The “Front lean and rest”

I did more push ups on my first day in the Army than I had my entire seventeen years prior to that cold January morning in Louisiana. The Army has a different name for the push up. It is lovingly referred to as the “front lean and rest,” though I am uncertain how one can call the push up a rest position. The Army used the push up for lots of reasons and nowhere else more frequently than during basic training. The front lean and rest was imposed for any and all reasons. Following below is a list of reasons (that I can remember and will admit to) for which I was assigned to “assume the position.”

• The most common reason was some infraction regarding my uniform. After crawling through all manner of dirt and muck, if I had a pocket unbuttoned, I was allowed to “knock out twenty.”

• I spit on a tree once, the punishment being twenty of my best. I also had to hug and apologize to the tree afterwards.

• I passed by one Drill Sergeant who decided that my every existence was offensive to him. For consuming oxygen, I had to stay in the front lean and rest position until “he got tired.”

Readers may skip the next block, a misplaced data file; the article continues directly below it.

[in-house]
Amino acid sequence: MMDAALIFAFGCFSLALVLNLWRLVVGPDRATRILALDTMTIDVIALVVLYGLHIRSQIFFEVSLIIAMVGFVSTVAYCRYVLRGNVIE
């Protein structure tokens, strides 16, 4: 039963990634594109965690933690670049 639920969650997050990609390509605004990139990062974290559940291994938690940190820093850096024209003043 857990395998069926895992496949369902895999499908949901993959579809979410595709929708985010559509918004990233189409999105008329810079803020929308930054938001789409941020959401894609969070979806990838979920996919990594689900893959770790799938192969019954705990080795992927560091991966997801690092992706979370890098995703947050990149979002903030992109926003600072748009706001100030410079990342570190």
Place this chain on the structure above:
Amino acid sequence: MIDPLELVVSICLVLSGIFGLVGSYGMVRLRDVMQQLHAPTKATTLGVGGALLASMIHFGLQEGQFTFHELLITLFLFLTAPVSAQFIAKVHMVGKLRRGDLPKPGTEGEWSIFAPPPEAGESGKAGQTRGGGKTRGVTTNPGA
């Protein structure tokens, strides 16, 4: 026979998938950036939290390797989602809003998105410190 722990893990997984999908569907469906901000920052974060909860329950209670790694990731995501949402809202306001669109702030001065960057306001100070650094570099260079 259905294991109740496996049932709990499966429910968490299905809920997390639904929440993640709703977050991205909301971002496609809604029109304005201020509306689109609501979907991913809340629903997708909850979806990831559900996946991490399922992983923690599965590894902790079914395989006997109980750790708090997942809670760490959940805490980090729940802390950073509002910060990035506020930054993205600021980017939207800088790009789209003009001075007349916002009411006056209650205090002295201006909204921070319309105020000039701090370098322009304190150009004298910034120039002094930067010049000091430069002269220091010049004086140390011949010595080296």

• I made the cardinal sin of falling asleep in a class on something or other and got to do twenty. This time though I had my hands on one table and my boots on another. I had to remain in the position, again until the Drill Sergeant got tired. There was nothing to rest my old belly on this time. I can remember the pain even to this day.

 • The Army had a rule about meals (called chow in my day). Take all you want but eat all you take was the maxim that we were required to live by. It is on the level of blasphemy to attempt to take food out of the chow hall for later consumption. Drill Sergeants have food radar and they quickly found the roll I had stashed in my shirt. I had the “privilege” of eating that roll in one bite while simultaneously doing push ups. After that, I had to apologize to the cook for stealing his food and then he gave me even more push ups to knock out. I have never stolen anything since.

• There were days when the Drills got real creative and used the “inverted pushup.” This is when you lie on your back and stick your hands and feet in the air and remain there the allotted time (when the Drill gets tired – always when the Drill gets tired, and he never tires). I had the honor of doing this “character building exercise” twice as punishment for sleeping.

• Other lesser reasons included an untidy bed, messy locker, or looking at somebody when you should not. I still do push ups everyday. Somewhere, there is a Drill Sergeant that is not tired.

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